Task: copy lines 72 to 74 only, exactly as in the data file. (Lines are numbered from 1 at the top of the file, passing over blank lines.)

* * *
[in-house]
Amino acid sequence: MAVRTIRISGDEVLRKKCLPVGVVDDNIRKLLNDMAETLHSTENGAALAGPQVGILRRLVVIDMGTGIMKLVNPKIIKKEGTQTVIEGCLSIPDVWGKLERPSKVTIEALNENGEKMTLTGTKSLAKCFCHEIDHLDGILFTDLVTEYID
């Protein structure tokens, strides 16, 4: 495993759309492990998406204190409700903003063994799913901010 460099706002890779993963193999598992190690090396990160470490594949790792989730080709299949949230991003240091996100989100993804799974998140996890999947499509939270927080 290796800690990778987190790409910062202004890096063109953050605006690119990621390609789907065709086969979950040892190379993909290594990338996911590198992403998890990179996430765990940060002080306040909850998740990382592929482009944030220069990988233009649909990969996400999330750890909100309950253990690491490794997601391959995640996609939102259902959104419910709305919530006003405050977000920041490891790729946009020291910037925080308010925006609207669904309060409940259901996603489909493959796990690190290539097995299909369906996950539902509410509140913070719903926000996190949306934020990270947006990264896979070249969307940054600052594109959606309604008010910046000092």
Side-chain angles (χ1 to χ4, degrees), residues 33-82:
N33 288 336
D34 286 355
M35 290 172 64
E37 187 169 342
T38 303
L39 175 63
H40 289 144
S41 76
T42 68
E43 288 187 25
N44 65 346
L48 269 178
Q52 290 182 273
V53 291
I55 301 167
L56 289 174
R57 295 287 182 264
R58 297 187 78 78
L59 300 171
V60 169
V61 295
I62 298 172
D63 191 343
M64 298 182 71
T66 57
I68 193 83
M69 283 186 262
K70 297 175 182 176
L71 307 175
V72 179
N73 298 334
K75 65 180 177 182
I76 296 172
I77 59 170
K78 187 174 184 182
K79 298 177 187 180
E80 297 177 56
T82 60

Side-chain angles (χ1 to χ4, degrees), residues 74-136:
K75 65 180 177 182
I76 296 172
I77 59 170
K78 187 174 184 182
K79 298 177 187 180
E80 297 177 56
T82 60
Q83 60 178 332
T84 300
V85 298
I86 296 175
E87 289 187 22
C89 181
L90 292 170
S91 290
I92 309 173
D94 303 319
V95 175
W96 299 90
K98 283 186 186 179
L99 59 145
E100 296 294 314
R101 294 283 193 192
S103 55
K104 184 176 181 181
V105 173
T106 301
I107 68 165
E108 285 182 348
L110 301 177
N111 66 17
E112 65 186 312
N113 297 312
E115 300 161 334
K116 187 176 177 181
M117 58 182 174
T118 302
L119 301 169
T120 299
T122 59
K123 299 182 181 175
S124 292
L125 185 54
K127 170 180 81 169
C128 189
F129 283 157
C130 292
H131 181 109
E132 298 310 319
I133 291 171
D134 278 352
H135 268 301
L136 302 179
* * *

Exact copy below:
E108 285 182 348
L110 301 177
N111 66 17